Morning Becomes Eclectic

Morning Becomes Eclectic

Various Artists


Although this compilation is nothing more than shameless self-promotion for KCRW, a station somewhere west of the Mississippi with live performances and the gall to reference themselves as “legendary,” the variety of quality music bundled up on this collection is still worthy of some attention. Favoring the softer, more relaxed side of rock-n-roll, there are a few that break the mold — specifically the Freestylers’ appropriately entitled dancehall rap number, “Dance Hall Vibes.” However, for the most part, if names like Sixpence None the Richer and Morcheeba are synonymous with “deterrent” for the curious listener, then such said listener might want to turn their head the other way.

However, excepting the aforementioned names, there are a few precious sundry standouts breaking the flat-lined mold. Cake’s “Is This Love?” is just as crunchy, funky, and interestingly paced as you’d come to expect from the band, and Lyle Lovett’s folky and ultimately very cute (and possibly allegorical) “Bears” is embarrassingly quite charming. Sixpence None the Richer turns in a light, acoustic version of their hit, “Kiss Me,” which might engage fans of theirs, and Brad Mehldau’s jazz piano trio makes a wonderfully enthralling version of Radiohead’s “Exit Music (For a Film).”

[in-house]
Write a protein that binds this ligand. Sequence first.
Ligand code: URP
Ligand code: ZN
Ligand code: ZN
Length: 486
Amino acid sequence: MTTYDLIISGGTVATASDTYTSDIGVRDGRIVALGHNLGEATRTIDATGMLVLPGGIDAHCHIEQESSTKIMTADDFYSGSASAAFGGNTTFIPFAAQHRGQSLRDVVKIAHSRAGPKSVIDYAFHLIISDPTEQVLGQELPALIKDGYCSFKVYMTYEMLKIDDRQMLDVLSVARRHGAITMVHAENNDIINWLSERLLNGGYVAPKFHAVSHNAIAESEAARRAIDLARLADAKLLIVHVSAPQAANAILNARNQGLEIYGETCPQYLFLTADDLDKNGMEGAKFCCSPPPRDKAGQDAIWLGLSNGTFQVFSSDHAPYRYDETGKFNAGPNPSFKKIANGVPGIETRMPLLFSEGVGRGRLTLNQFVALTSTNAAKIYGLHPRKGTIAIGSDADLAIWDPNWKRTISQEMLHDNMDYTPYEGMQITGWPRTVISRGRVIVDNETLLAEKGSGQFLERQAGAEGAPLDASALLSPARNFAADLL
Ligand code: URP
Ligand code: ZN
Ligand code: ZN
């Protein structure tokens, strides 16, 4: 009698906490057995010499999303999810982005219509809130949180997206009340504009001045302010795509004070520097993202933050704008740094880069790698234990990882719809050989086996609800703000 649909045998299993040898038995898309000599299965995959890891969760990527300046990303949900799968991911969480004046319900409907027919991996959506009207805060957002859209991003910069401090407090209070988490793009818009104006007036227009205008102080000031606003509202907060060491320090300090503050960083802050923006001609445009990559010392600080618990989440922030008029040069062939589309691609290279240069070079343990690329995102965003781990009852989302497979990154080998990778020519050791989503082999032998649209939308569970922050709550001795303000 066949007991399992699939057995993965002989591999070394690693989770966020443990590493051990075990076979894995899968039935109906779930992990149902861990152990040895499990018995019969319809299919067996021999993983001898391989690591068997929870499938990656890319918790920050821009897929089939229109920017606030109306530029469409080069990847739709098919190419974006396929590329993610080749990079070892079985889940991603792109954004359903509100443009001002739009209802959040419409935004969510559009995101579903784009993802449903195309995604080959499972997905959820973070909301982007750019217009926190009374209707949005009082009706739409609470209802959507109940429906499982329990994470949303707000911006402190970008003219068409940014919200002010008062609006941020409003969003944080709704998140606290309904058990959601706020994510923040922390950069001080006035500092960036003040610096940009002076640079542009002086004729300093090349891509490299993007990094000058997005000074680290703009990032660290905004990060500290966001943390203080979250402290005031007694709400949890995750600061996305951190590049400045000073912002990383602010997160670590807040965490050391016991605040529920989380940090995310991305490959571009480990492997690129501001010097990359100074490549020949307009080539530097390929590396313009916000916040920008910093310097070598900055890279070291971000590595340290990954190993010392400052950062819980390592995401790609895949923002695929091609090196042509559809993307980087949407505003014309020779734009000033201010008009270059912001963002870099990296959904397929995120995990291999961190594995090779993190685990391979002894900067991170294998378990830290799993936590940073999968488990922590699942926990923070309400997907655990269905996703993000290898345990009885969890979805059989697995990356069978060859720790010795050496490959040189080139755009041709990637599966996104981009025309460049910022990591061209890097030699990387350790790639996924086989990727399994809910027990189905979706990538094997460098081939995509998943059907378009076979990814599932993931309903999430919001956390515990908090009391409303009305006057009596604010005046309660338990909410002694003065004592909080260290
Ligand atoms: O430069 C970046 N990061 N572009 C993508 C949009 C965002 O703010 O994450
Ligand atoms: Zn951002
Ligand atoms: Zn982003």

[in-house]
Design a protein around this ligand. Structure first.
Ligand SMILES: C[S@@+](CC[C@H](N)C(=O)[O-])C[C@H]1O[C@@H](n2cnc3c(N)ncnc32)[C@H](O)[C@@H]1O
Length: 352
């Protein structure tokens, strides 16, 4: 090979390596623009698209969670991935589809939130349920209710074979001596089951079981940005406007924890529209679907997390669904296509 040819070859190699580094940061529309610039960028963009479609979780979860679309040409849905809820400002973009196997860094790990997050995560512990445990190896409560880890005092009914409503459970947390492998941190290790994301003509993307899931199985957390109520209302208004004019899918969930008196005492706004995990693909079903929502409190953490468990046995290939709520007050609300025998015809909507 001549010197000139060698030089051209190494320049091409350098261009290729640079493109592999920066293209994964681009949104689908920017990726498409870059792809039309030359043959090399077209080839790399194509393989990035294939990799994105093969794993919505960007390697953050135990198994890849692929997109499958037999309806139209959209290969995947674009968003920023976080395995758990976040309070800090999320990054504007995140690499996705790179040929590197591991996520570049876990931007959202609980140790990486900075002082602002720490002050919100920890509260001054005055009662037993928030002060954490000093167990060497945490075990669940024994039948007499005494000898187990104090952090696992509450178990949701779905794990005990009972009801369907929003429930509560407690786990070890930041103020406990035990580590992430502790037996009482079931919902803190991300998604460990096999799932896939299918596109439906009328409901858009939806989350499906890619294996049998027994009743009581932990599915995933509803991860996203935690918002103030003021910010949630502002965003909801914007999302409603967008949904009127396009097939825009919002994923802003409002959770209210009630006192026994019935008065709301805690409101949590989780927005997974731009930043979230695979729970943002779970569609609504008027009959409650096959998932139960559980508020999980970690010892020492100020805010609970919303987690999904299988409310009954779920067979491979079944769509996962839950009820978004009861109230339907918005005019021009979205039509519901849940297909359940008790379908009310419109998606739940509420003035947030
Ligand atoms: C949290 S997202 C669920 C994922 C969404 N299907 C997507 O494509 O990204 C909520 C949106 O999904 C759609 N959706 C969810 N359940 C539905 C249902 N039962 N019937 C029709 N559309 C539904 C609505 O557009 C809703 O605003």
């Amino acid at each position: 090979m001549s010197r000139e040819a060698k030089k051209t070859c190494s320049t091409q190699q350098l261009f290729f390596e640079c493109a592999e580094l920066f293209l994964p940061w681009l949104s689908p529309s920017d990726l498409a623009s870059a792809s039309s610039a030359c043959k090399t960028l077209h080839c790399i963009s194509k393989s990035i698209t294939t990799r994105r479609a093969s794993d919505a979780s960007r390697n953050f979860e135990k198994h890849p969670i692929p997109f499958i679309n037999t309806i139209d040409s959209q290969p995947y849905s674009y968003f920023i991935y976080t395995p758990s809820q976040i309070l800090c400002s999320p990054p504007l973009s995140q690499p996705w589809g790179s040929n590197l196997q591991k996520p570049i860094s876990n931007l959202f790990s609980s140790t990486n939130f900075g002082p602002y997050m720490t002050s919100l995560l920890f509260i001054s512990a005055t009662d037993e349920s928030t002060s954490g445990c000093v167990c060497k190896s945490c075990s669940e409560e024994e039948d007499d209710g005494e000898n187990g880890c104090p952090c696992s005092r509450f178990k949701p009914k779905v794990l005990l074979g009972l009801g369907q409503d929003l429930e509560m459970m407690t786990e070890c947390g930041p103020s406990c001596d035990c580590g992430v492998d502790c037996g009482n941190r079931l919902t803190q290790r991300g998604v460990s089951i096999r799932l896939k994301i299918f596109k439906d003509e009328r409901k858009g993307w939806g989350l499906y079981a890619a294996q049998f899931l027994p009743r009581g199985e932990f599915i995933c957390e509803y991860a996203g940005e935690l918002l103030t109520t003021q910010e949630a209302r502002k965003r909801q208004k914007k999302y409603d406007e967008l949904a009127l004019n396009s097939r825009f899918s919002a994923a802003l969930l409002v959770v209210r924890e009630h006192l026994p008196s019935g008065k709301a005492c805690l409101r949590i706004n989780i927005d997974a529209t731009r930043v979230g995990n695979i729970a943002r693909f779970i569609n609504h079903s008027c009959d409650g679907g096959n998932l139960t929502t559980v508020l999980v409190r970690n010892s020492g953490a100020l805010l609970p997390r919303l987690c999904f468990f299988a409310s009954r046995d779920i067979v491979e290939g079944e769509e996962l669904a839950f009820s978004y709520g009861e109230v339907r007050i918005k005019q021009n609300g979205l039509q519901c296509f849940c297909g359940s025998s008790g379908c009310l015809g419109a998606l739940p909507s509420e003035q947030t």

There are, of course, the more repugnant points of compilation. Pink Martini produces a highly creepy and unsettling version of “Que Sera Sera,” taking the fatalistic old song to new unapproachable lows, and Buffalo Daughter adds “Socks, Drugs & Rock ‘n’ Roll” which, as the name might imply, is just plain stupid. However, for a promotional compilation, Morning Becomes Eclectic is quite appropriately named. There are plenty of twists and turns along this album, and some musical doorways might even be wedged open in the minds of the compact-disc beholder. But still, if the idea of bands that have graced the radio waves turns your knob in the wrong direction, this compilation might not be your thing.

Mammoth Records, The Broadstreet Building, 101 B Street, Carrboro, NC 27510-1834;

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